Final Restraining Orders – When Final Does Not Equate to Permanent

file00030973702My colleagues and I have previously written on the topic of Domestic Violence, Temporary Restraining Orders (TRO), and Final Rrestraining Orders (FRO).  Specifically, I have previously written on the subject matter of contempt proceedings where the Defendant in a domestic violence action can be held in contempt for violation of either a TRO or FRO.  This morning as I was reading through some of the unpublished Appellate Division cases, one caught my eye and I thought a follow up post would be both necessary and relevant.  The unpublished decision, titled W.E. v. J.P., was an appeal that came from a trial court decision in Ocean County and which was decided by the Appellate Division today.  As I previously warned in my post Contempt Proceedings – Consequences of Violating a Restraining Order, there are a number of things for a Defendant to be both aware of and concerned about.  On the flip side, however, a Defendant should also be sure to understand that a Final Restraining Order does not necessarily mean a permanent restraint, as there is statutory authority that allows for Final Restraining Orders to be dissolved or modified.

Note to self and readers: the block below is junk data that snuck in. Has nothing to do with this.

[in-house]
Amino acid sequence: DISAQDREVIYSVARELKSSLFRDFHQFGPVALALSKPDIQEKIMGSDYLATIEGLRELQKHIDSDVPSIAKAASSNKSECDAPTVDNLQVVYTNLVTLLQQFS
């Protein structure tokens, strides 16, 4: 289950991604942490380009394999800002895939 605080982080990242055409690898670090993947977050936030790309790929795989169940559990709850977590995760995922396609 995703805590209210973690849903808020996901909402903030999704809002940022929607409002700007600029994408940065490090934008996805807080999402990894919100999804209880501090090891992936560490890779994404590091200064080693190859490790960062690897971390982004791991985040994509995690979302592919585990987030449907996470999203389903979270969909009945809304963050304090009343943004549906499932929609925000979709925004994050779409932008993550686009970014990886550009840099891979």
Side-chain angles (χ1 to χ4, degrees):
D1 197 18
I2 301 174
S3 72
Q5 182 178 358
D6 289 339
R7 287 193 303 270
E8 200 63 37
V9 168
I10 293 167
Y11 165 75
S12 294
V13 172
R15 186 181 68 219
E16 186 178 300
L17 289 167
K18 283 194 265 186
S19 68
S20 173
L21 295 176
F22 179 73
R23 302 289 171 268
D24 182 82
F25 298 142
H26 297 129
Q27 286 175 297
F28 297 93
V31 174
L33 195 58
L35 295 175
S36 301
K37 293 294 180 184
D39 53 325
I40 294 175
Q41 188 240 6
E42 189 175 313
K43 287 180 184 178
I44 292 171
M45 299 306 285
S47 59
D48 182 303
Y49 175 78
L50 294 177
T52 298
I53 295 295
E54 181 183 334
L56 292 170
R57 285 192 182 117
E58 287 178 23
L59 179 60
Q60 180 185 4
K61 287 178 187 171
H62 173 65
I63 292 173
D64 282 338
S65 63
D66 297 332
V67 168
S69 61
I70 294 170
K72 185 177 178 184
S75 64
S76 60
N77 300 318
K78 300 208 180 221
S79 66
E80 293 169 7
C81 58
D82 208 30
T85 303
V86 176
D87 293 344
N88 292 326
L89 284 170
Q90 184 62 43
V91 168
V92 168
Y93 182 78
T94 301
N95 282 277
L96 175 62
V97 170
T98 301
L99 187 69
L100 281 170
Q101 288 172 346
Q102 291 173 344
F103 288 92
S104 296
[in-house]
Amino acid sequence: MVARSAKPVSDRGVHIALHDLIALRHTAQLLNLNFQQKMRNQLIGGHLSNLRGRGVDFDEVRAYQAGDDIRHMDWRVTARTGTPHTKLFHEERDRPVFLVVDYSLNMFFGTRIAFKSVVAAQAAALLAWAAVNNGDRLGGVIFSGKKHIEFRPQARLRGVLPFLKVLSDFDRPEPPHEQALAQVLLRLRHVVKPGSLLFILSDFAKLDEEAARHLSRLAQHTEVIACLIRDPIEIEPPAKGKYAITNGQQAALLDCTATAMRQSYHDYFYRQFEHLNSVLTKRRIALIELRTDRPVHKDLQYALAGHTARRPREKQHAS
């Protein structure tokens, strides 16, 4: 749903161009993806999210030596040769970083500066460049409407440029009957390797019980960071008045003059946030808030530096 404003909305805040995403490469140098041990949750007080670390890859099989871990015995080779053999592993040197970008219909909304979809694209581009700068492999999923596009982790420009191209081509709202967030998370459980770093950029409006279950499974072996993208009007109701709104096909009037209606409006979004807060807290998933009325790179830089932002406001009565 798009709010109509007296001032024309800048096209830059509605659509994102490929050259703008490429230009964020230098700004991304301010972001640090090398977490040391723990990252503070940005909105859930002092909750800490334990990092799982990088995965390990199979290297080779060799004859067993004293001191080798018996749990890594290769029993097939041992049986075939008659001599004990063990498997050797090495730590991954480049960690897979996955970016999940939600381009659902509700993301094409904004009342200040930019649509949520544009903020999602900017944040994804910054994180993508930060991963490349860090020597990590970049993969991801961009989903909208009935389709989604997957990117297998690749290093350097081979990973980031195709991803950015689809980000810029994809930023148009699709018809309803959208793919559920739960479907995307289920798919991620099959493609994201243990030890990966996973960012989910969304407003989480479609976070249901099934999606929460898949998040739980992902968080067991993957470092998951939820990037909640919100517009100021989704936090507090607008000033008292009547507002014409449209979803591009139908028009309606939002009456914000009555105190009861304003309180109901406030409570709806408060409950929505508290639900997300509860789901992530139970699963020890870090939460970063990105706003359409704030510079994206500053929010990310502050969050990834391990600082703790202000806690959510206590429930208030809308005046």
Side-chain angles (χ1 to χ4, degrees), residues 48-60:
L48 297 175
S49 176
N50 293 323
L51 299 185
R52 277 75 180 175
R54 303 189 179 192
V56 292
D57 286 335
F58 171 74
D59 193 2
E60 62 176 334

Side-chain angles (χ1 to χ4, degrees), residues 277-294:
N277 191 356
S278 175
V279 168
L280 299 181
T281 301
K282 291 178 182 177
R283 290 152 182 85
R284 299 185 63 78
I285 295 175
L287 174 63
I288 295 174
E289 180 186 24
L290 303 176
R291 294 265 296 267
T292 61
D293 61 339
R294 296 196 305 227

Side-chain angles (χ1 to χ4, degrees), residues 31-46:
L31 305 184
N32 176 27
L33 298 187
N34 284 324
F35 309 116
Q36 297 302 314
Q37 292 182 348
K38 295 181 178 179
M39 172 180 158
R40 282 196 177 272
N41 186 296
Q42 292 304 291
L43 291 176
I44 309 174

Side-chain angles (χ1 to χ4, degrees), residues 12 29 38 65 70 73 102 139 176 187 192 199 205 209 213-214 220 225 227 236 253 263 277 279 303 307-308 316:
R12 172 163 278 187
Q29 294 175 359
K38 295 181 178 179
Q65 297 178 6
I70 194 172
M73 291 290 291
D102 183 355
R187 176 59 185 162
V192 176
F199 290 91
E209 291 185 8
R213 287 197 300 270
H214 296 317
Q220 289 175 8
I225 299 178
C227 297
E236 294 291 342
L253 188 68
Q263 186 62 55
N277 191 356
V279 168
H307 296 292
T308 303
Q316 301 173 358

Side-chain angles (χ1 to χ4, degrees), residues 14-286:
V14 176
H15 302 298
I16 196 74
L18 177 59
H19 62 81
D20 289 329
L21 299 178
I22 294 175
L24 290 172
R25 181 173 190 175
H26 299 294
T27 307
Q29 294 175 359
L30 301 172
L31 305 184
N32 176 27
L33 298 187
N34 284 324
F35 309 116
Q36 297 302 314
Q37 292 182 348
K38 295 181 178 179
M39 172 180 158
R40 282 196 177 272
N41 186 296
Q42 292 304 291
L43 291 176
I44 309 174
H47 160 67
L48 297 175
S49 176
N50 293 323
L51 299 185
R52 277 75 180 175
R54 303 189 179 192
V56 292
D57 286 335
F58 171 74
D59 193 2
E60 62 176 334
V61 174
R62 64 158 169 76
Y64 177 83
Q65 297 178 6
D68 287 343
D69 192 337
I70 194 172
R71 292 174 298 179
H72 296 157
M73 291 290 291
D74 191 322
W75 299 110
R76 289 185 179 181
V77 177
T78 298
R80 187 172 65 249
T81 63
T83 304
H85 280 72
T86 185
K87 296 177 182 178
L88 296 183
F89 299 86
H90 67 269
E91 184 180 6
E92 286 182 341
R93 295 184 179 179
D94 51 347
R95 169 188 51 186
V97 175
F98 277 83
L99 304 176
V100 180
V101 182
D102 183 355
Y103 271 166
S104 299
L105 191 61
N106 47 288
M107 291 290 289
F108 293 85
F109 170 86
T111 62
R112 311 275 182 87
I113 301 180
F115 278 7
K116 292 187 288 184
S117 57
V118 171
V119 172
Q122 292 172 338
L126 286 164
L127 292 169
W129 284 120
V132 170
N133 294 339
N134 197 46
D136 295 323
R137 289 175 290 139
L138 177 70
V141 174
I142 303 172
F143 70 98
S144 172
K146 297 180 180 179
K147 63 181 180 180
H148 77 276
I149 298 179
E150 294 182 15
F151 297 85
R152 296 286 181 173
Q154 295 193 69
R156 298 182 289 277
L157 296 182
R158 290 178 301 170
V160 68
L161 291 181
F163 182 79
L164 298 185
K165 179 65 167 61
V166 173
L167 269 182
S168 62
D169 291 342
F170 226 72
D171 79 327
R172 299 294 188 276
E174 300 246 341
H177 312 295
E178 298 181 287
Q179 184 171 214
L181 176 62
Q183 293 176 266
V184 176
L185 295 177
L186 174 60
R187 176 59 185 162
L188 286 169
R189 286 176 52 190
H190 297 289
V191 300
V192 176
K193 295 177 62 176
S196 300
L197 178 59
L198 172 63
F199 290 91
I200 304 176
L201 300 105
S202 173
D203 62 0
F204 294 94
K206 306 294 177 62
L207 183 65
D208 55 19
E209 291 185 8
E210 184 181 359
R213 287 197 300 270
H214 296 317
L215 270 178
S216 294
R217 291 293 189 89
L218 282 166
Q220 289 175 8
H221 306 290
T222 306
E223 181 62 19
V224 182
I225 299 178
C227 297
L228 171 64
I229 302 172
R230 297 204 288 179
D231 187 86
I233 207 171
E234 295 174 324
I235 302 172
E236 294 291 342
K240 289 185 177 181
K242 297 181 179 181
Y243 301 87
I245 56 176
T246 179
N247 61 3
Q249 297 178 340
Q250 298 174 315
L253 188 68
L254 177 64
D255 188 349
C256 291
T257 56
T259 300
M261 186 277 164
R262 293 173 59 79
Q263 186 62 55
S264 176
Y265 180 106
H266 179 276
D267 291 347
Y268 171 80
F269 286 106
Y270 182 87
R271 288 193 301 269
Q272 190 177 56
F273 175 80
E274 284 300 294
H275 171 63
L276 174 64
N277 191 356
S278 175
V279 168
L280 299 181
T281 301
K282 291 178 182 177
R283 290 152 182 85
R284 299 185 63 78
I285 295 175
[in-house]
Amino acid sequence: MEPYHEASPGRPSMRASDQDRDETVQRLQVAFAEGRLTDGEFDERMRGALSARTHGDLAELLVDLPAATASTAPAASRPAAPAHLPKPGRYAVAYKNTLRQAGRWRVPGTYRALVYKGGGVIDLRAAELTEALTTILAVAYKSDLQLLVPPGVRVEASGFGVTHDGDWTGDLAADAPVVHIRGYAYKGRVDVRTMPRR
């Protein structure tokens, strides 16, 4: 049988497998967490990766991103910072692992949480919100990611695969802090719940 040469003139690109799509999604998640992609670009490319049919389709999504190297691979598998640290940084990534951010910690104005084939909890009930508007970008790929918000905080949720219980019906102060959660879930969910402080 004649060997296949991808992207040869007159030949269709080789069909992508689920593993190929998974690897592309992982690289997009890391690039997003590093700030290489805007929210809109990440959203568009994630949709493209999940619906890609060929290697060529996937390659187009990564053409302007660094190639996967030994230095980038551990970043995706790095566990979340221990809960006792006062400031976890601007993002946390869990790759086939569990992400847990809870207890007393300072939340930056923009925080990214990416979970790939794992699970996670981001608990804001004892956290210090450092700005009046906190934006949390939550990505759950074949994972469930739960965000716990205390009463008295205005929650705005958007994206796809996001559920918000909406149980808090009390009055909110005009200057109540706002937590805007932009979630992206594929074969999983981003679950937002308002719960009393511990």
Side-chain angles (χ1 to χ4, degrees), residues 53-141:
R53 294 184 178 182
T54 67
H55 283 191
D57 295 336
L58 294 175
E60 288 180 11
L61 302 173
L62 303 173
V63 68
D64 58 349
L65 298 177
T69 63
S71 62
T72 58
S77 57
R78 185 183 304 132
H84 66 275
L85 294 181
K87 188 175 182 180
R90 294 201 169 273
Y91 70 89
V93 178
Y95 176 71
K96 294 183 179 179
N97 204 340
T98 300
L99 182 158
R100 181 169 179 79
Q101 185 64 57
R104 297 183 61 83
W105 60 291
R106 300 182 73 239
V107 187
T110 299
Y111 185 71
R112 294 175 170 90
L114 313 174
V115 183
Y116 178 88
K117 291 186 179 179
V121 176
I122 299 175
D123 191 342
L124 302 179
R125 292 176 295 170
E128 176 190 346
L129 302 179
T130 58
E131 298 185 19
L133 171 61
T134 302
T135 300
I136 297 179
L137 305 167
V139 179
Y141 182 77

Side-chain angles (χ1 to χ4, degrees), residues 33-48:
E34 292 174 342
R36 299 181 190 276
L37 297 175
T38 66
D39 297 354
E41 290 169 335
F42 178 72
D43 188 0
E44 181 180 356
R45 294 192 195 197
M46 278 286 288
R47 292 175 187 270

Pursuant to N.J.S.A. 2C:25-29(d): “Upon good cause shown, any final order may be dissolved or modified upon application to the Family Part of the Chancery Division of the Superior Court, but only if the judge who dissolves or modifies the order is the same judge who entered the order, or has available a complete record of the hearing or hearings on which the order was based.”  Looking at the statutory language there are several things of note to consider.  First, the sole requirement under the statute for the dissolution or modification of a restraining order is the showing of ‘good cause.’  Unfortunately, the statute does not further explain or expand upon the meaning of ‘good cause’ in this context.  Accordingly, we must turn to the case law, which we will do further below in this post.  Secondly, it is important to note that the judge who enters the restraining order must be the judge who considers an application for the dissolution or modification of that restraining order, with a minor exception set forth therein.  It appears from the statutory language that the preference would always be for the judge who entered the restraining order be the one who considers any modification or dissolution thereof, assuming they are available.  In the unfortunate situation where the judge  who entered the original restraining order is unable to hear a subsequent modification application, the judge who does in fact hear the modification application must have available the ‘complete record of the hearing or hearings on which the order was based.’  This is extremely important to note, as any application where the original judge is unavailable will require the additional time and expense of ensuring that a complete record is provided to that judge with the application.  I would note that where circumstances permit, it is likely a good idea to provide as complete of a record of the prior proceeding(s) regardless of which judge ultimately hears the application to ensure the most efficient and equitable resolution of the application.